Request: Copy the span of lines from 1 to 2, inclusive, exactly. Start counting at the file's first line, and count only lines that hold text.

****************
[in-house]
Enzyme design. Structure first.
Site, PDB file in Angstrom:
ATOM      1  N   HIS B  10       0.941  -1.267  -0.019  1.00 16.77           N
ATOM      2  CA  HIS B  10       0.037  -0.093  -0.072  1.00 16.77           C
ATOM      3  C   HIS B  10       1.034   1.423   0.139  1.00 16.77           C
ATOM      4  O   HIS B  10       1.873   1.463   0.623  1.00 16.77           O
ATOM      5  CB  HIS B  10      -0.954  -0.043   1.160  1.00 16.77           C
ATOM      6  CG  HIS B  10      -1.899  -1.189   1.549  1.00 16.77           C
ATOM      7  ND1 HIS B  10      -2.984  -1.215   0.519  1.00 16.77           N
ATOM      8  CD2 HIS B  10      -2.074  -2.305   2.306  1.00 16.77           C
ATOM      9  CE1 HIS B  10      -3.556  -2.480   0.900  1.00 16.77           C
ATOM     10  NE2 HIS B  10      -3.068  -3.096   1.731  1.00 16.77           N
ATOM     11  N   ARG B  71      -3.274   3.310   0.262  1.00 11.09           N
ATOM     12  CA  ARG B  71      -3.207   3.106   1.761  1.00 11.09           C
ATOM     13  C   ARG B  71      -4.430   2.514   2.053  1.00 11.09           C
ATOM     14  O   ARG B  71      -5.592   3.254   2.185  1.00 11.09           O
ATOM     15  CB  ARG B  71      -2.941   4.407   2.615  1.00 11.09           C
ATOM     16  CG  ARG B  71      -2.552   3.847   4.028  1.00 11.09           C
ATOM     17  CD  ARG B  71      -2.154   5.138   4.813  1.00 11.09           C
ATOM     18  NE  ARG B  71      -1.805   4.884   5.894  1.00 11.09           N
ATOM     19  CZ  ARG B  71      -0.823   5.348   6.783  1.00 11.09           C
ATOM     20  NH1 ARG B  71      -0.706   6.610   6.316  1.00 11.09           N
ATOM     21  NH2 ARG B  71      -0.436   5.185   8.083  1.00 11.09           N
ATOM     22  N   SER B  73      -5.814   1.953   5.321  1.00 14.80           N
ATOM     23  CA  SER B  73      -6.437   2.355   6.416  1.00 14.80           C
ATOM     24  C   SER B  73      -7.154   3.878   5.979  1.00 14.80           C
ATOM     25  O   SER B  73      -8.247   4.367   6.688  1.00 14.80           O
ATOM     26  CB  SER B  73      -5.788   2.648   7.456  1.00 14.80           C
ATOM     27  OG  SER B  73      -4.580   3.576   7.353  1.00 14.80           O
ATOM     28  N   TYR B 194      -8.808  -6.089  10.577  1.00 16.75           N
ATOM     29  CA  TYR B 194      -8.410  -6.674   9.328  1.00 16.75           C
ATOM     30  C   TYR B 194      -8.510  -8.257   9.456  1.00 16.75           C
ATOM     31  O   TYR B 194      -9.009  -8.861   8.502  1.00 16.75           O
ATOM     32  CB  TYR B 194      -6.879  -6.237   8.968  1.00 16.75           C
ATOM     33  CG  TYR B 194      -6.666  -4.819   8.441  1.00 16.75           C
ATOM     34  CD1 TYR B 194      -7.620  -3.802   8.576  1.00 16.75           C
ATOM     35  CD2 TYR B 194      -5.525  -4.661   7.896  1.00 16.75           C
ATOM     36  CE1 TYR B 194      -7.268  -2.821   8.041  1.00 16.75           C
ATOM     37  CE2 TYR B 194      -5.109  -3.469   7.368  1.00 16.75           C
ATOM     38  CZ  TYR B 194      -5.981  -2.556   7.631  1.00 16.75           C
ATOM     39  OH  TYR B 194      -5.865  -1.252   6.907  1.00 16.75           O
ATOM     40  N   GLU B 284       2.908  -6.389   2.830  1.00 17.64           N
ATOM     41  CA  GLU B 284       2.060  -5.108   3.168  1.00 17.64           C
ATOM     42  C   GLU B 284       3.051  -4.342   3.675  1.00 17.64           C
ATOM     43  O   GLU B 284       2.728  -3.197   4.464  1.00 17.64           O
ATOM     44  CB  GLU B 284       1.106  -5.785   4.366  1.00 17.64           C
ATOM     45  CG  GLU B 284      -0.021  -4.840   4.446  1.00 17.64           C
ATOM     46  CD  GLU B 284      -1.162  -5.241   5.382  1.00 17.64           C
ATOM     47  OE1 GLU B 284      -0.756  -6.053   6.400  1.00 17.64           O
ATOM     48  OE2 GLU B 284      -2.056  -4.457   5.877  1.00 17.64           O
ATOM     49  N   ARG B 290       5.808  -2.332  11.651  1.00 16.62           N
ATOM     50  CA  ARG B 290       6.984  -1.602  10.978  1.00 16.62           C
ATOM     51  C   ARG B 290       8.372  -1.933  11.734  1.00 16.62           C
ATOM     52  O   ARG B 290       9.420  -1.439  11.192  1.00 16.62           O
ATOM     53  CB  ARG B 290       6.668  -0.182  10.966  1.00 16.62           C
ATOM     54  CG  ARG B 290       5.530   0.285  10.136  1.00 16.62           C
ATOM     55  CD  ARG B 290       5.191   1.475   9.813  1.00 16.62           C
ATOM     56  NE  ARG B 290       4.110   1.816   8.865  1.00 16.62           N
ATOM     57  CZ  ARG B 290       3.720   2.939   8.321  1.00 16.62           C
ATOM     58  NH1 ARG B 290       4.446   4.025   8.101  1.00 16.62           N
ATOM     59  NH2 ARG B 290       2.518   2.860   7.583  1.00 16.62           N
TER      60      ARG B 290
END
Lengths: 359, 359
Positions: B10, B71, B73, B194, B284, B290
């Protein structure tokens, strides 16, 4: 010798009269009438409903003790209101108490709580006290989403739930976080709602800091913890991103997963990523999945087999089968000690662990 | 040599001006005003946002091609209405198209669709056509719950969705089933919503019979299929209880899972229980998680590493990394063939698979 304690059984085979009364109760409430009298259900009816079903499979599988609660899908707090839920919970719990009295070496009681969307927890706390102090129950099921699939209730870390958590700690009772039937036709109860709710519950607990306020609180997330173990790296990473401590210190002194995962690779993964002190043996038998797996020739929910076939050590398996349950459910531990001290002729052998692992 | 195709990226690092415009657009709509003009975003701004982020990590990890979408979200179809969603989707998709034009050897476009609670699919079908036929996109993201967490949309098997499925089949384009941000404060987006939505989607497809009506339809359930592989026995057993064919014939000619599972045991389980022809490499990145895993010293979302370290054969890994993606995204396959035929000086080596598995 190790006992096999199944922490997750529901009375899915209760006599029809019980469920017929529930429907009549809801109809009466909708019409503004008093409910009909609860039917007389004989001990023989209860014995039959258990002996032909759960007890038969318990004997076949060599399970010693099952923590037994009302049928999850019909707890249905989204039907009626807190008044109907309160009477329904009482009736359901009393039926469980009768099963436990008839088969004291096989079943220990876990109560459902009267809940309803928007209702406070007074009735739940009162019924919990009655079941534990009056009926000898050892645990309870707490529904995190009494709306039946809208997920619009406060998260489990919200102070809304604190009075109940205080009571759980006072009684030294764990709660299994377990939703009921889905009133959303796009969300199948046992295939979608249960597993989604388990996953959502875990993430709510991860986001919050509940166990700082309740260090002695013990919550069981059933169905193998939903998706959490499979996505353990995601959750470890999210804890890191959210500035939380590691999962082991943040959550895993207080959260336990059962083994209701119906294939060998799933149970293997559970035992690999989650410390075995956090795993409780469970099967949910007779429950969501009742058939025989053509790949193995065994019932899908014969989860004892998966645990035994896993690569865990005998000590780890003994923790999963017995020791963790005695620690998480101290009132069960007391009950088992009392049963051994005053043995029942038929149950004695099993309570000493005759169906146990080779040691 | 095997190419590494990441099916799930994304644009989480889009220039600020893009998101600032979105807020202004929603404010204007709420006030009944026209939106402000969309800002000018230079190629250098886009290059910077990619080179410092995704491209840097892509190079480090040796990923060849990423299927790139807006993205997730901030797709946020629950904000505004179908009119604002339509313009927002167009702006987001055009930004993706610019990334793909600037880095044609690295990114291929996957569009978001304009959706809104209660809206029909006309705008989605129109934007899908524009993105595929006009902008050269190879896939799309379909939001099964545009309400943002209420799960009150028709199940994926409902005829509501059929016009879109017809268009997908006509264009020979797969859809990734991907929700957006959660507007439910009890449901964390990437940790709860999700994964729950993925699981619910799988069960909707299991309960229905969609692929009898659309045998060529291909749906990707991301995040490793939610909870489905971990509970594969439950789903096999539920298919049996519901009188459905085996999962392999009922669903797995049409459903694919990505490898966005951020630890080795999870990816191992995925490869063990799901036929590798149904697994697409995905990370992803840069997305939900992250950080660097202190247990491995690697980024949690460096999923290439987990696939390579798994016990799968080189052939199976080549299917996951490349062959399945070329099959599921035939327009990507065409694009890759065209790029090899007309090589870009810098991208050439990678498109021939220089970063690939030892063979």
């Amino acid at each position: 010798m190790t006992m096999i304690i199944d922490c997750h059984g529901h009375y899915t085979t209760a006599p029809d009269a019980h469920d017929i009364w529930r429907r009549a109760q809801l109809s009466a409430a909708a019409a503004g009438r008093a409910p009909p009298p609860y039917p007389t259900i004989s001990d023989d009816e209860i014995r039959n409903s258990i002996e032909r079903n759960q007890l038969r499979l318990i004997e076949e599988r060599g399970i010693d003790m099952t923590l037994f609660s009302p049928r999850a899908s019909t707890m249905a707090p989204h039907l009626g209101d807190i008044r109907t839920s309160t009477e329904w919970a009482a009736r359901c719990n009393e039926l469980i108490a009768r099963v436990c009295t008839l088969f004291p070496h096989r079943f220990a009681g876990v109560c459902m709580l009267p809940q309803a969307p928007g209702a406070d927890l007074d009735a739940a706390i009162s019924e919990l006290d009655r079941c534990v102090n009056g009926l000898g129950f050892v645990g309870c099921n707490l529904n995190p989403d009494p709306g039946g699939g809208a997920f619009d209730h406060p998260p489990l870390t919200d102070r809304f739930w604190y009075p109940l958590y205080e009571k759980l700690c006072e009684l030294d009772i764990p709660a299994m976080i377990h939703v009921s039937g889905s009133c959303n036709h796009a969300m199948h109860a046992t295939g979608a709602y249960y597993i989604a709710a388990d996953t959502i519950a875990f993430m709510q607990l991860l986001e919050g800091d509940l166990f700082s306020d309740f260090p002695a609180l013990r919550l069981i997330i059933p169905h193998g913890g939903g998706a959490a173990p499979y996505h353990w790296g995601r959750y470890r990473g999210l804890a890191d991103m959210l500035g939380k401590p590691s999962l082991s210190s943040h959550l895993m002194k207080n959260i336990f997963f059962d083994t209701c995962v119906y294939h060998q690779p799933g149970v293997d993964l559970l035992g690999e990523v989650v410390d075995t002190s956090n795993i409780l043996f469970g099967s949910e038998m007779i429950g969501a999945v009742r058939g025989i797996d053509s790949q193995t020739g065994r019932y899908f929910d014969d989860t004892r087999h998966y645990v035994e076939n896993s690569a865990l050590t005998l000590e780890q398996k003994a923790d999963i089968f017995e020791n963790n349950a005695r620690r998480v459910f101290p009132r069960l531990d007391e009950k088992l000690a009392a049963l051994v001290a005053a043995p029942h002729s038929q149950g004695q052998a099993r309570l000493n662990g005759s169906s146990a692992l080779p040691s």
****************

[in-house]
Enzyme design. Structure first.